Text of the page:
Meet Them Where They Are
Truth be told, I am not a big science fiction fan, although I can appreciate those who enjoy the genre. Give me an autobiography or a research article and I’ll curl up, contented, in my airplane seat as I fly to my next Language Essentials for Teachers of Reading and Spelling (LETRS®) presentation—except, of course, that wasn’t possible this past year.
No travel. No gatherings. No teaching as we knew it. As if in a science fiction novel, we dispersed for remote learning one day, tried to facilitate some type of hybrid model the next, and just as we thought we could return to the classroom, we were in virtual mode all over again. The 2020–2021 school year felt more akin to science fiction than reality, don’t you think? Saying it was like no other feels like an understatement, as never in a million years could we have anticipated what unfolded in front of our eyes. More than once, I shook my head, wondering if I would be able to do what was being asked of educators if I were back in the classroom. But you did it all and more for your students, and for that you have my utmost respect.
Moving forward: Where do we go from here?
Amid contemplating the lost days (or weeks?) of instruction, the off-task behaviors behind the computer screen, and the challenges of engaging students whose bandwidth did not allow them to keep their webcams on, let’s take a breath and a moment
to be kind to ourselves while we take stock of where we are.
As we turn the page to the 2021–2022 school year, let’s consider—with excitement and a bit of trepidation—what’s next.
Go slow to go fast
The reality is that when next school year kicks off, beginning-of-year (BOY) benchmark data for large groups of elementary students will likely be well below grade-level expectations. So, what can schools do to prepare for this? I titled this blog post “Meet Them Where They Are,” and I’ll use the lens of Hollis Scarborough’s Reading Rope to explain what I mean by that.
Teaching reading is a multifaceted endeavor, with multiple strands of instruction needed to support word recognition and language comprehension. As an example, let’s focus on second grade word recognition. What do we expect a second grade student to know and be able to do to read words accurately and automatically?
For starters, students should know all letter names; understand how to segment and blend words with four to five sounds (i.e., blends at the beginning and end of words); decode basic sound-symbol correspondences; recognize numerous orthographic patterns such as silent – e, basic vowel teams (e.g., ai/ay), vowel-r combinations, inflected endings, basic orthographic ending rules… whew! The curriculum for word recognition is vast through grade 1, with many of these patterns also taught to mastery for spelling.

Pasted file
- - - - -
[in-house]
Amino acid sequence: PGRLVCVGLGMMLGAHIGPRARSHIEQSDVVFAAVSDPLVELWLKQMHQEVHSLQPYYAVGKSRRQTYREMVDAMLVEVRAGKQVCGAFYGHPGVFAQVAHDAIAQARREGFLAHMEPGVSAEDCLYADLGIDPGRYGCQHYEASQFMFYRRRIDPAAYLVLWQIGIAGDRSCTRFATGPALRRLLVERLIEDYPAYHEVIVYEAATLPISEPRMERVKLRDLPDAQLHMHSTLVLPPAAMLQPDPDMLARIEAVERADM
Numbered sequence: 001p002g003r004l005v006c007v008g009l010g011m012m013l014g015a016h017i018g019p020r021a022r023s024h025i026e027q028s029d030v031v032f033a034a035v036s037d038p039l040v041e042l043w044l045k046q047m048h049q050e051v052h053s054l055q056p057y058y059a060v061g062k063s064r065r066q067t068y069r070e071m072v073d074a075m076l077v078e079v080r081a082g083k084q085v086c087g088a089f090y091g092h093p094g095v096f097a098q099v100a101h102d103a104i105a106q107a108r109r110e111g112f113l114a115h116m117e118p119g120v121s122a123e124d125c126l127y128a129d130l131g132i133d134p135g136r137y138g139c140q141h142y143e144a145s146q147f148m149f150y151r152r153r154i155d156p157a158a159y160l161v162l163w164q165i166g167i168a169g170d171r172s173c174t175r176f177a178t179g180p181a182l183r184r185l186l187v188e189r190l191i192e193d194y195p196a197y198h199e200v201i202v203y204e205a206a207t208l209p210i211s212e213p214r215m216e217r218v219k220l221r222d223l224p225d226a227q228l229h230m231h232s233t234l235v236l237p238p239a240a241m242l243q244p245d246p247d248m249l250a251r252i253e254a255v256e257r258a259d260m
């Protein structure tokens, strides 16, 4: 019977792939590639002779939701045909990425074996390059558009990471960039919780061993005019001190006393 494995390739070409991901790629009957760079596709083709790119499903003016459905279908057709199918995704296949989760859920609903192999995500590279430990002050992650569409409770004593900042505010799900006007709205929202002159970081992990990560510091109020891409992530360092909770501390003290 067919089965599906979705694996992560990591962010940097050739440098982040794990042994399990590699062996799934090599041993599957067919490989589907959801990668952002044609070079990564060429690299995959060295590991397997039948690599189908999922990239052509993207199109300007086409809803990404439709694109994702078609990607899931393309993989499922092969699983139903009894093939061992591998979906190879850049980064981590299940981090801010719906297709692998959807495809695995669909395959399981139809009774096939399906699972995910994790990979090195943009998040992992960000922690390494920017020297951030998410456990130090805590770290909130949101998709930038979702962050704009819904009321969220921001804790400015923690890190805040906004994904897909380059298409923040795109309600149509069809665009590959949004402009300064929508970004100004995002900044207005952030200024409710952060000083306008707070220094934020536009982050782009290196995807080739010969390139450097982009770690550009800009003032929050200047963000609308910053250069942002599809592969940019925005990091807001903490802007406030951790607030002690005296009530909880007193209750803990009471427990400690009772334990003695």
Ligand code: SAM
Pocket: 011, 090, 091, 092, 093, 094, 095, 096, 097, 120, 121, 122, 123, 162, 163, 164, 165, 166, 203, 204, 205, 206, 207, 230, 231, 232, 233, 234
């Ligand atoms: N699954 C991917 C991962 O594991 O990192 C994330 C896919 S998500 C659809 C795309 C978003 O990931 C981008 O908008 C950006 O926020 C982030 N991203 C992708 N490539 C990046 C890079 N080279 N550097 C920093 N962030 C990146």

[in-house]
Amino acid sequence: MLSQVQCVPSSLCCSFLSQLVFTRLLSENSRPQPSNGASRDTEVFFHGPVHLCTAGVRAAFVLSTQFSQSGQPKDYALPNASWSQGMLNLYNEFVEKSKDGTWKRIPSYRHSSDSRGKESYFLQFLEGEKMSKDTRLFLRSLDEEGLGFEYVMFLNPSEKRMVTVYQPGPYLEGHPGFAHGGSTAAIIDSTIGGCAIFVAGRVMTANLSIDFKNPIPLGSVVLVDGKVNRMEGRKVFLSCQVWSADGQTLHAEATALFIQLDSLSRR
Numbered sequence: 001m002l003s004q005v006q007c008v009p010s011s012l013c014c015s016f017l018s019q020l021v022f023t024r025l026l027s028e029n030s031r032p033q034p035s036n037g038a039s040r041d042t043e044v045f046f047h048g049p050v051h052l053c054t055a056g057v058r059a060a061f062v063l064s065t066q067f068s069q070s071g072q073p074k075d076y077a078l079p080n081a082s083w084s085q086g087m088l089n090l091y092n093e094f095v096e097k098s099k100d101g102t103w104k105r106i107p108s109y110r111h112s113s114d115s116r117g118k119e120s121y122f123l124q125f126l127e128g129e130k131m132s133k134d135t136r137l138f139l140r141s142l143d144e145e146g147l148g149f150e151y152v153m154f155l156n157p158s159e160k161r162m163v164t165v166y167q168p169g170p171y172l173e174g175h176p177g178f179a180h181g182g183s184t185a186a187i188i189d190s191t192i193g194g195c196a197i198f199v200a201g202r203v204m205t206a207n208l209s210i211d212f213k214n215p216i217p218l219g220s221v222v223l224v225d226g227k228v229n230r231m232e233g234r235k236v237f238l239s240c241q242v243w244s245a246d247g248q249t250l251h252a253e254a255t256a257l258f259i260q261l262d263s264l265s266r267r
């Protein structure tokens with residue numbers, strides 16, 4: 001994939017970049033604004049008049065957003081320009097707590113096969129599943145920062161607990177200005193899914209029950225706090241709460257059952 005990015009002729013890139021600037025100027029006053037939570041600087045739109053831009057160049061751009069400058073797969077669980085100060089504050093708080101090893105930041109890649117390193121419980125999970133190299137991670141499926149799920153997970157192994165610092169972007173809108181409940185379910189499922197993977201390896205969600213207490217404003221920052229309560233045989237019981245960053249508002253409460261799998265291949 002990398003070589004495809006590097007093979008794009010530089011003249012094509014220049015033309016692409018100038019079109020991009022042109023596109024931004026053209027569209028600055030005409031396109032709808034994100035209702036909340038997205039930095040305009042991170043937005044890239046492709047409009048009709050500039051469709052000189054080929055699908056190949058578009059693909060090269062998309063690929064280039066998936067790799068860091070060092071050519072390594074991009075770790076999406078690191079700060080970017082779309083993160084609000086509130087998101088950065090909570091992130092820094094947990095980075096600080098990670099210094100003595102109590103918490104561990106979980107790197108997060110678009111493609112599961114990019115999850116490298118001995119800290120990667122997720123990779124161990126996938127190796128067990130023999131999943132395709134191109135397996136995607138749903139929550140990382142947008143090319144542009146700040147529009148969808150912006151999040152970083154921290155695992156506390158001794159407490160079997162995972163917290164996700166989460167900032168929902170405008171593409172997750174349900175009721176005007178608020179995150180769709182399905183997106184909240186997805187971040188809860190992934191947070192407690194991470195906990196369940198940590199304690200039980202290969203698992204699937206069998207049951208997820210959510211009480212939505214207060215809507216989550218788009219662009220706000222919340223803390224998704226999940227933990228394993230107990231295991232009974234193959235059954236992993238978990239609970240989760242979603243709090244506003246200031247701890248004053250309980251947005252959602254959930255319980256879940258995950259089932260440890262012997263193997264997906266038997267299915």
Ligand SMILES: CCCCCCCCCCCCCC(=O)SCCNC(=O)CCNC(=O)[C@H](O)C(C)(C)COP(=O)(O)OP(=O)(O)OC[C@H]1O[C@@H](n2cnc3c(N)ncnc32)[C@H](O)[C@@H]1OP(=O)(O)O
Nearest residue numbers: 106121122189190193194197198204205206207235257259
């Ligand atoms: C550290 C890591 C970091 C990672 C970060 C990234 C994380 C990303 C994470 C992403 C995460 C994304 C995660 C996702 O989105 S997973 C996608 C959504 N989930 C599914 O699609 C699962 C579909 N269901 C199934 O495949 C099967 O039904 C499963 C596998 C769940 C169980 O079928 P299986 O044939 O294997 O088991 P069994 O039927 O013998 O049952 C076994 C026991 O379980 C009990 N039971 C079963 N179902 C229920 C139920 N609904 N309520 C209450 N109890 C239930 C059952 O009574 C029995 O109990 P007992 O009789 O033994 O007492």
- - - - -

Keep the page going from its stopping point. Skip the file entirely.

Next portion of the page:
Just today, I reviewed data for an end-of-year first grade student who reads and spells patterns well below grade level. What can we do in the fall to meet this student’s needs? Skip ahead to grade 2 skills and hope for the best? Repeat grade 1? Focus on language comprehension instead of word recognition and cross our fingers that the student catches up? None of these options are best practice. A better approach would be to consider using a valid survey to assess what the student is able to read (and spell), identify skill strengths and weaknesses, and then “meet them where they are” with instruction that fills in past gaps before moving on to grade-level skills. Careful scheduling will be required to address every student’s needs, which may mean tightening up routines; providing frequent, distributed practices to ensure children learn all that we are teaching; and addressing identified gaps in skills before moving forward with more difficult patterns. All hands will need to be on deck—and this is only one component of the big picture of reading instruction, as curricula include not just the science behind word recognition but the science and art of supporting language comprehension as well.
Simply put, we need students to read accurately and automatically, to understand what they read at deep levels, and to speak and write about what they are reading and hearing. When considering how best to support language comprehension, I keep the top strands of Scarborough’s rope model in mind: Should we use easier texts for read-alouds? Introduce fewer vocabulary words? Water down the curriculum? None of these options are suitable, so what is a school to do?
Join me for my June webinar, Meet Them Where They Are: Framing Assessments and Instruction for the Coming School Year, where I consider how to think through the various challenges of the 2021–2022 school year. I hope to see you then!